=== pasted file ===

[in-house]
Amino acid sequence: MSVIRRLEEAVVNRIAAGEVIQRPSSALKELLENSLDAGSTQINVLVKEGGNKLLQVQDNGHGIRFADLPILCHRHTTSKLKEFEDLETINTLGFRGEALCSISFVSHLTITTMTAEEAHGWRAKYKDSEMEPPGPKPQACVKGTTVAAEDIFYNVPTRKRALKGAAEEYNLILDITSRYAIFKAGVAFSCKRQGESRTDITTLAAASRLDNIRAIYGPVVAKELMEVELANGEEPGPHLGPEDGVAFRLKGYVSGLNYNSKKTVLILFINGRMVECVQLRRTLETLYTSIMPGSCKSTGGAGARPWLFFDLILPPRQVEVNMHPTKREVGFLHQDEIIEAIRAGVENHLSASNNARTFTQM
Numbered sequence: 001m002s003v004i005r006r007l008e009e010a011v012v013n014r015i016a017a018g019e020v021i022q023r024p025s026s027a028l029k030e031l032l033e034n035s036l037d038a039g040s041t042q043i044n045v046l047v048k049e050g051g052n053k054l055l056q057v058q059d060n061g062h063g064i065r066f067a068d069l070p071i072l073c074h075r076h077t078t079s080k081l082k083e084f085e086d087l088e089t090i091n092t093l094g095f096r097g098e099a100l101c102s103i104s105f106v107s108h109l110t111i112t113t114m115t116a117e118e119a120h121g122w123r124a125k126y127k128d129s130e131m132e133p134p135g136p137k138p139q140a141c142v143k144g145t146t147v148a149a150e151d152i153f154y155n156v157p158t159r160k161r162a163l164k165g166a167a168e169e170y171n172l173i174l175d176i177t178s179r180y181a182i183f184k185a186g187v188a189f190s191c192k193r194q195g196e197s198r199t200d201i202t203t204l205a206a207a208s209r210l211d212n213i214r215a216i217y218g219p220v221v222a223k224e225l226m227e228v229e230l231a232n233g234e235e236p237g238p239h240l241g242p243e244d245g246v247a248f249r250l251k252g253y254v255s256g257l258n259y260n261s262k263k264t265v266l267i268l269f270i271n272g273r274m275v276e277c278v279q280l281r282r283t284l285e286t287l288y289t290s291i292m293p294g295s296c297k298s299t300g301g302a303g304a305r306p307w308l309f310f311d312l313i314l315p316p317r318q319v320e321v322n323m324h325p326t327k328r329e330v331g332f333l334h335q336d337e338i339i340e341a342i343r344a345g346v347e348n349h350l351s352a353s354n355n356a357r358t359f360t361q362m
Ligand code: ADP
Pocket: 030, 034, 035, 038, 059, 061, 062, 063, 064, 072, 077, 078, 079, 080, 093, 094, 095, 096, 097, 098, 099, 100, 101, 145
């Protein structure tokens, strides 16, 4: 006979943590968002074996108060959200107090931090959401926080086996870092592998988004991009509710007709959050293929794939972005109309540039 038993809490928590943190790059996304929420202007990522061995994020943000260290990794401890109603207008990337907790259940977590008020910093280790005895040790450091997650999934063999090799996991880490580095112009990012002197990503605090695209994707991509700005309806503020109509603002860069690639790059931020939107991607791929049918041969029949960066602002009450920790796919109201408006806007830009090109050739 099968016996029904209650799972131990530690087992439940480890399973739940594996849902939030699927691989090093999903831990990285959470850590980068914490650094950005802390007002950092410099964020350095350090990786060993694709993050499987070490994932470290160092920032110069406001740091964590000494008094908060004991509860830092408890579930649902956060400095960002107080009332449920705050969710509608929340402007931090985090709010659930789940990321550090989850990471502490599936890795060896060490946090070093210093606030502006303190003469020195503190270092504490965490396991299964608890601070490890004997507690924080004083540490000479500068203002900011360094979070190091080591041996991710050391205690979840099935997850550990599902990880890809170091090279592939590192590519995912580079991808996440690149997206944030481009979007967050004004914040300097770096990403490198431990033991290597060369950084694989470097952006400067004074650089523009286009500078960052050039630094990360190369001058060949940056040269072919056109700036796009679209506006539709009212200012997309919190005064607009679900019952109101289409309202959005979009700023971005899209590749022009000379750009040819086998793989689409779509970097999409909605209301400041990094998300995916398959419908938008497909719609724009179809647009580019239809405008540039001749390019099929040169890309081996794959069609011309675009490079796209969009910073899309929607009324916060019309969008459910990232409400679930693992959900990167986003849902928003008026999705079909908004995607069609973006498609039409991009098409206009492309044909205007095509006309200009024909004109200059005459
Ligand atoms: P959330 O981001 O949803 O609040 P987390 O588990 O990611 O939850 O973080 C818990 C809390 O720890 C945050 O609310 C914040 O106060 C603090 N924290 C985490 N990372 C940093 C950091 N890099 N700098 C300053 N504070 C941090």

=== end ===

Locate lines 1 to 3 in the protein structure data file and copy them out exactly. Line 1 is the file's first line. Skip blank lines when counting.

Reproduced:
[in-house]
Amino acid sequence: MSVIRRLEEAVVNRIAAGEVIQRPSSALKELLENSLDAGSTQINVLVKEGGNKLLQVQDNGHGIRFADLPILCHRHTTSKLKEFEDLETINTLGFRGEALCSISFVSHLTITTMTAEEAHGWRAKYKDSEMEPPGPKPQACVKGTTVAAEDIFYNVPTRKRALKGAAEEYNLILDITSRYAIFKAGVAFSCKRQGESRTDITTLAAASRLDNIRAIYGPVVAKELMEVELANGEEPGPHLGPEDGVAFRLKGYVSGLNYNSKKTVLILFINGRMVECVQLRRTLETLYTSIMPGSCKSTGGAGARPWLFFDLILPPRQVEVNMHPTKREVGFLHQDEIIEAIRAGVENHLSASNNARTFTQM
Numbered sequence: 001m002s003v004i005r006r007l008e009e010a011v012v013n014r015i016a017a018g019e020v021i022q023r024p025s026s027a028l029k030e031l032l033e034n035s036l037d038a039g040s041t042q043i044n045v046l047v048k049e050g051g052n053k054l055l056q057v058q059d060n061g062h063g064i065r066f067a068d069l070p071i072l073c074h075r076h077t078t079s080k081l082k083e084f085e086d087l088e089t090i091n092t093l094g095f096r097g098e099a100l101c102s103i104s105f106v107s108h109l110t111i112t113t114m115t116a117e118e119a120h121g122w123r124a125k126y127k128d129s130e131m132e133p134p135g136p137k138p139q140a141c142v143k144g145t146t147v148a149a150e151d152i153f154y155n156v157p158t159r160k161r162a163l164k165g166a167a168e169e170y171n172l173i174l175d176i177t178s179r180y181a182i183f184k185a186g187v188a189f190s191c192k193r194q195g196e197s198r199t200d201i202t203t204l205a206a207a208s209r210l211d212n213i214r215a216i217y218g219p220v221v222a223k224e225l226m227e228v229e230l231a232n233g234e235e236p237g238p239h240l241g242p243e244d245g246v247a248f249r250l251k252g253y254v255s256g257l258n259y260n261s262k263k264t265v266l267i268l269f270i271n272g273r274m275v276e277c278v279q280l281r282r283t284l285e286t287l288y289t290s291i292m293p294g295s296c297k298s299t300g301g302a303g304a305r306p307w308l309f310f311d312l313i314l315p316p317r318q319v320e321v322n323m324h325p326t327k328r329e330v331g332f333l334h335q336d337e338i339i340e341a342i343r344a345g346v347e348n349h350l351s352a353s354n355n356a357r358t359f360t361q362m